Rafael Nadal mowed down Tomáš Berdych, 6-3, 7-5, 6-4, with nary a grass stain on his white shorts. He dirtied them only when he collapsed onto his back after his winning cross-court forehand, then did a somersault that delighted the record 32,036-spectator crowd.
The first time Nadal won at the All-England Club, in 2008, he beat Federer in a five-set, four-hour, 48-minute rain-interrupted marathon, the longest Wimbledon final in history. Last week John Isner outlasted Nicolas Mahut in the longest match in history, a three-day, 11-hour, five-minute epic that ended with a 70-68 final set.
Last year Nadal had to withdraw from Wimbledon to let his tendinitis-wracked knees heal. From his sofa in Mallorca, Spain, he watched Federer win a sixth Wimbledon title. He felt helpless. He had been on the ascendancy for more than a year against Federer when his knees said “No mas.”
“Having this trophy in my hands is just more than a dream,” Nadal said. “For sure after not an easy year for me. To be back in my favorite tournament and play well another time, and not only play well, but finish with the trophy is amazing for me.”
Nadal again won the difficult French Open/Wimbledon double, which Borg did in 1978, 1979 and 1980. The next challenge, after Nadal goes home to receive treatment on his knees, is the US Open, which he has never won. He needs to show his durability in the last Slam of the season. Federer has won it five times.
But Nadal is better than ever. His game has more nuances. He used to play the role of wall, staying behind the baseline, getting everything back and driving his opponents into an exhausted state of frustration. Now he moves forward. He attacks. He has improved his serve. He doesn’t run around his backhand as often. He volleys with confidence.
Nadal neutralized Berdych’s power game, and windy conditions didn’t help Berdych, who had trouble adjusting to the lefty angles of Nadal. He often had to lunge for shots.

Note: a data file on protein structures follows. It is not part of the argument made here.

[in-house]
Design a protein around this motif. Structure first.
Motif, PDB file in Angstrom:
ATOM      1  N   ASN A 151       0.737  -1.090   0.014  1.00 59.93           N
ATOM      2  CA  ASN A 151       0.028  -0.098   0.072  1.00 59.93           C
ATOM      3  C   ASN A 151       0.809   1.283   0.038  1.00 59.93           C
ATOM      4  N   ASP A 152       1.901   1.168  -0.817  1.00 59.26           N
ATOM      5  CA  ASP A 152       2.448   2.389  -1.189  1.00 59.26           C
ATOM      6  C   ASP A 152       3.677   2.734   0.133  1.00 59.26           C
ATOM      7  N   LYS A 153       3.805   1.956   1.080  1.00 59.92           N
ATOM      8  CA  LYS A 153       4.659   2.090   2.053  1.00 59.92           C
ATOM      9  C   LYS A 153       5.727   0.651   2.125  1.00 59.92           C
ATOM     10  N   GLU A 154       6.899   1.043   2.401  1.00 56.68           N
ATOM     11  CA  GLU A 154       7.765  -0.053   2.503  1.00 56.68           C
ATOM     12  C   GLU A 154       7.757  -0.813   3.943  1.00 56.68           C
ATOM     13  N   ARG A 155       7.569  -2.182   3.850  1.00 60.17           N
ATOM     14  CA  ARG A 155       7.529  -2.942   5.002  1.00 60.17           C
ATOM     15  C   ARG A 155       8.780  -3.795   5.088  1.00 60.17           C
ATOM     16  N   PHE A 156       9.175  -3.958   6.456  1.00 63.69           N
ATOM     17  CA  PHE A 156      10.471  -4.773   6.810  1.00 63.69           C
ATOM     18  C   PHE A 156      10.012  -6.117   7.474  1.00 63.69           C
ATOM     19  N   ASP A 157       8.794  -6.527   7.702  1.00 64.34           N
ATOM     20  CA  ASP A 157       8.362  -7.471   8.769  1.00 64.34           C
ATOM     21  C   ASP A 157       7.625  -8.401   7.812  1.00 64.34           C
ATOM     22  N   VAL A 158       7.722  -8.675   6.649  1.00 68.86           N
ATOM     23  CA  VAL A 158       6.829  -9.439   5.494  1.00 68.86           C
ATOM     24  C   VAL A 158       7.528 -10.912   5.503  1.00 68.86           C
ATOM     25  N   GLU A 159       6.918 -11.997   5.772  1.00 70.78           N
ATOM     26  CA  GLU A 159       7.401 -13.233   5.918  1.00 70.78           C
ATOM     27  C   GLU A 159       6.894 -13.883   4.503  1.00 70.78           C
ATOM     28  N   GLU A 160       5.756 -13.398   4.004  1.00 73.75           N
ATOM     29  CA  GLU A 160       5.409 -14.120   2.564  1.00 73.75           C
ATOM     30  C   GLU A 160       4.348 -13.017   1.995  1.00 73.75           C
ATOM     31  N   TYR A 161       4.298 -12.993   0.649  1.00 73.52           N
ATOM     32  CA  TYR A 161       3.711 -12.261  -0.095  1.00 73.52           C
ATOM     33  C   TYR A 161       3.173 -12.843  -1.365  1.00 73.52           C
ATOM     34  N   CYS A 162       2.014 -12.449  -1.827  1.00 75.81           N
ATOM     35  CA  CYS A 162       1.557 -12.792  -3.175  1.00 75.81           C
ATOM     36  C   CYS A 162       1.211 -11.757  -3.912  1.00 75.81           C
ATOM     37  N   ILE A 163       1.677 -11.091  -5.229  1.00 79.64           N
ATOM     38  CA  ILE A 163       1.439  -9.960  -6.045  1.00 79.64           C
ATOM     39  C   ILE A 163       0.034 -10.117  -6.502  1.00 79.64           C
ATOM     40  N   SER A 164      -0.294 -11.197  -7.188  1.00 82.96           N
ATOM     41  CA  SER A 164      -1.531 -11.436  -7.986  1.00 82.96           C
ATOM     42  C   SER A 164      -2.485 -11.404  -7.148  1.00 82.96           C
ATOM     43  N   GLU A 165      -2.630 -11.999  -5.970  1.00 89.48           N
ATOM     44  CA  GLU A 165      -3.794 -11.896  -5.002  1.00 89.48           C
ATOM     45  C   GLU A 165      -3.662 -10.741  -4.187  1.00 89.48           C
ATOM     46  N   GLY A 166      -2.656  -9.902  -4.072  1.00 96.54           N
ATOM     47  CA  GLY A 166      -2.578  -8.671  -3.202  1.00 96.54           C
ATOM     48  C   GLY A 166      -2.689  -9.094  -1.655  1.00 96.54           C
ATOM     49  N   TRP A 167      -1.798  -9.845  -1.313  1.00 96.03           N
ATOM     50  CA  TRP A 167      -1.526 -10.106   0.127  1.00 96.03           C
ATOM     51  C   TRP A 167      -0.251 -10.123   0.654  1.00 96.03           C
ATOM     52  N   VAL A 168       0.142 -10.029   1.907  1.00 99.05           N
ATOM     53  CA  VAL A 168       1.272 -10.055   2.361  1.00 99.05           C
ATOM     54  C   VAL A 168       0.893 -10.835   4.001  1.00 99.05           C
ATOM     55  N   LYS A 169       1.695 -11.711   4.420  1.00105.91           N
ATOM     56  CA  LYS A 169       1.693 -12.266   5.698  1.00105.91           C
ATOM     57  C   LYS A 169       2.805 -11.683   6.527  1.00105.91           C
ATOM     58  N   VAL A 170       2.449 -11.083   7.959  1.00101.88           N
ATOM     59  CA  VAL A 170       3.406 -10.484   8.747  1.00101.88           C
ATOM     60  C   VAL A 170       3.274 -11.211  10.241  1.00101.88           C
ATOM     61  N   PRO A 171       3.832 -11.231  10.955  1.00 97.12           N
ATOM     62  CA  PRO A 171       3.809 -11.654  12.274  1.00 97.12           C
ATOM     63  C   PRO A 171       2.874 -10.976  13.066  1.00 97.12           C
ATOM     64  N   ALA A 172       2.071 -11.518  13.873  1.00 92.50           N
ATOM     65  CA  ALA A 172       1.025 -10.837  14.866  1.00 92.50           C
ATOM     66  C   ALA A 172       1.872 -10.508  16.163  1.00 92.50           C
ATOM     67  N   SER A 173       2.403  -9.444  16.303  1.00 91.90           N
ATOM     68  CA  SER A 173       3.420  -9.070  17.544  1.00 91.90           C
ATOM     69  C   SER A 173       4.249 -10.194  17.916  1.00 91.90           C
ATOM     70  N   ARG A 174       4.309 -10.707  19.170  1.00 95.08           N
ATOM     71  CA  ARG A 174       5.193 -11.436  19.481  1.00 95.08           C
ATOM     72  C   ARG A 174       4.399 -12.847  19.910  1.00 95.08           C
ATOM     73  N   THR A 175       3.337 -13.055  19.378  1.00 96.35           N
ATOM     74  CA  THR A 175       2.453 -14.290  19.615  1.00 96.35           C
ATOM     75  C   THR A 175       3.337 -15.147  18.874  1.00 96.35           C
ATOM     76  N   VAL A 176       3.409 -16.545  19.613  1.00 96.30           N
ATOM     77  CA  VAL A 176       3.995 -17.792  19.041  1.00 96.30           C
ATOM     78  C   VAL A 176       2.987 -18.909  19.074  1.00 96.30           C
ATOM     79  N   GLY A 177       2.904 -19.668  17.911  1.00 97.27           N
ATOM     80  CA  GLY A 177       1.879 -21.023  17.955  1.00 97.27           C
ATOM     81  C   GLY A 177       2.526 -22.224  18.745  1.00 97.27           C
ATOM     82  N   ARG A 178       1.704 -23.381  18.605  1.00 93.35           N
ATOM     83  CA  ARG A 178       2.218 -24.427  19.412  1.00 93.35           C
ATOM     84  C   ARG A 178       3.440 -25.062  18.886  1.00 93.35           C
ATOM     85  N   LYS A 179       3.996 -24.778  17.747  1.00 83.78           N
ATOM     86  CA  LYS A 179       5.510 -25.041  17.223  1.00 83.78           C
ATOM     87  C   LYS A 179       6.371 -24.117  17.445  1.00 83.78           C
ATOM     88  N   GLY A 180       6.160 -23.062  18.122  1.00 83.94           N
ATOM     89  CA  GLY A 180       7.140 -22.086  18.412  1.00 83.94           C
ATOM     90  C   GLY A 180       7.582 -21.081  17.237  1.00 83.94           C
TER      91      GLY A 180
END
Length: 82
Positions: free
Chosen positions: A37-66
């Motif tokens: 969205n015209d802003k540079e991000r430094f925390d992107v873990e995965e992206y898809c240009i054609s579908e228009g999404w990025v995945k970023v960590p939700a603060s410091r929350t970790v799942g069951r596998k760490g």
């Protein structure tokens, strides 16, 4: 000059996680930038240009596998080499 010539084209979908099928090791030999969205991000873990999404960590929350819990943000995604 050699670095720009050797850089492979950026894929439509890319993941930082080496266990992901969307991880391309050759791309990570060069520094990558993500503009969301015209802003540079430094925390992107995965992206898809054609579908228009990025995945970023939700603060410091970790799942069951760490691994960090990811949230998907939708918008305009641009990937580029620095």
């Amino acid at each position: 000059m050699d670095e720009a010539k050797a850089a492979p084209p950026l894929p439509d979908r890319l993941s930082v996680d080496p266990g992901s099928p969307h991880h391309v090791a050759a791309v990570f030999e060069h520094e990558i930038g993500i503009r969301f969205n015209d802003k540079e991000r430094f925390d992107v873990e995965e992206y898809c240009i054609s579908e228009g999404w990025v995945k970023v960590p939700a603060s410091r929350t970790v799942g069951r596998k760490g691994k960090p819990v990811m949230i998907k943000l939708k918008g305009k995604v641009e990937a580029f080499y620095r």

Berdych had a chance to turn the tide in the first game of the second set, but he could not convert on three break points. He had only four the entire match.
Nadal has a long way to go, but in winning his eighth Grand Slam, he tied with Andre Agassi, Jimmy Connors, Ivan Lendl, Fred Perry and Ken Rosewall on the all-time list. Federer, 28, has won 16. But Nadal is on a faster pace, having won No. 8 a month after he turned 24 while Federer won No. 8—at Wimbledon 2006—a month before he turned 25.
For the first time in eight years, Roger Federer was not on Centre Court for the Sunday climax. The 16-time Grand Slam champion’s quarterfinal loss at Wimbledon, following seven consecutive appearances in the final, dropped him one spot. Federer fell to No. 3 in the ATP rankings, the first time since November 2003 he’s been that low. He trails No. 1 Rafael Nadal and new No. 2 Novak Djokovic.Federer was No. 1 earlier this season, but he was overtaken in the rankings by Nadal on June 7, after the French Open. Nadal won his fifth title at Roland Garros, while Federer lost in the quarterfinals there, too. That left Federer one week shy of tying Pete Sampras’ career record of 286 total weeks at No. 1.
Runner-up Tomas Berdych, who upset Federer and Djokovic, climbed from 13th to a career-high No. 8 by reaching his first Grand Slam final.